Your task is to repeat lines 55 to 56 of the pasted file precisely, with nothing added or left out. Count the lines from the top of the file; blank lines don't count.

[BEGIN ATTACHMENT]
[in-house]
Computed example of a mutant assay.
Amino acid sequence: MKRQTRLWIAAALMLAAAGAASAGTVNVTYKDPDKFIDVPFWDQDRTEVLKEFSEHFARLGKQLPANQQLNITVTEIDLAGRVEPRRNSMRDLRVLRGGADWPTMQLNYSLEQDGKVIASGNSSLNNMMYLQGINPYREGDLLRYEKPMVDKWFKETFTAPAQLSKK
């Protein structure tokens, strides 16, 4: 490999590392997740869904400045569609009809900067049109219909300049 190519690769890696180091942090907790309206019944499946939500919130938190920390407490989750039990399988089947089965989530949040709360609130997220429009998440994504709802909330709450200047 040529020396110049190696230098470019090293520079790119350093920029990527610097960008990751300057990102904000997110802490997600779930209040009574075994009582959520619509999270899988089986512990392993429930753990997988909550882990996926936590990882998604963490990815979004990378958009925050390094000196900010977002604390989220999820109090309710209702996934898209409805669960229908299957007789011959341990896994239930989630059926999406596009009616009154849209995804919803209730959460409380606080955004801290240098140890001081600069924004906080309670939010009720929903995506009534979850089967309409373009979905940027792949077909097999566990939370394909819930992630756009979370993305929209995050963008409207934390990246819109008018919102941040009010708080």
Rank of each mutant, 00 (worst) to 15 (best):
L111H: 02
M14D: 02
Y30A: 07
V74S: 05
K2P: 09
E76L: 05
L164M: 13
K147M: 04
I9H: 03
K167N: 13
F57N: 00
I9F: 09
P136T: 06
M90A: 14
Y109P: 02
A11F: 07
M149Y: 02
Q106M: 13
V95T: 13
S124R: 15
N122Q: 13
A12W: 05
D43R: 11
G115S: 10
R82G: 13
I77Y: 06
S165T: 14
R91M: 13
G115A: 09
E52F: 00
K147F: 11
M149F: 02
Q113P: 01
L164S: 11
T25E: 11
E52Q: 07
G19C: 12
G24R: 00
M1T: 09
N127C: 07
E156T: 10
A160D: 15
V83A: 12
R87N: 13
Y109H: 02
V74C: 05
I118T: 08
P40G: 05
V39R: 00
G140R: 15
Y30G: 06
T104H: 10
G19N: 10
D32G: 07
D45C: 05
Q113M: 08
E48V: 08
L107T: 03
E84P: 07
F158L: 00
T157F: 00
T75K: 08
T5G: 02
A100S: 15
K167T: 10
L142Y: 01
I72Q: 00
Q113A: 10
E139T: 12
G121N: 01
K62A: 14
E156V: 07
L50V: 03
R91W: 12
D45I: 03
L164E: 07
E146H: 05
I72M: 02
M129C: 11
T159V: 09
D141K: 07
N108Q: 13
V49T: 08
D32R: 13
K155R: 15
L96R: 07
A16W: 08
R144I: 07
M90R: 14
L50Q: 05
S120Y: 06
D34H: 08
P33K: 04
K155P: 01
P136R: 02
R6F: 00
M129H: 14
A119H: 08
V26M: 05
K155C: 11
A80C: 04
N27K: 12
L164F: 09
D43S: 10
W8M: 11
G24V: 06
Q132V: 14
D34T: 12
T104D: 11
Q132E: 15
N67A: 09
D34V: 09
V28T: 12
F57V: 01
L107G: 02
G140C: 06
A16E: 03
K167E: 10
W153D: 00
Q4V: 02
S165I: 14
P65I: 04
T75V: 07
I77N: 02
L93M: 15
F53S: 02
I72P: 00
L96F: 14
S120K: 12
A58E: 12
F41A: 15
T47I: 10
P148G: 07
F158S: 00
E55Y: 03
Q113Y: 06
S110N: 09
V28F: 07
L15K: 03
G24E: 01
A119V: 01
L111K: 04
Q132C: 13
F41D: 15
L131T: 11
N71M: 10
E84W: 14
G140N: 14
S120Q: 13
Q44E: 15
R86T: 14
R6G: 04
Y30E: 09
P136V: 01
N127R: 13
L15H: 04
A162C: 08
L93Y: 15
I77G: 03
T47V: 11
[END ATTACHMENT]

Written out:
G140R: 15
Y30G: 06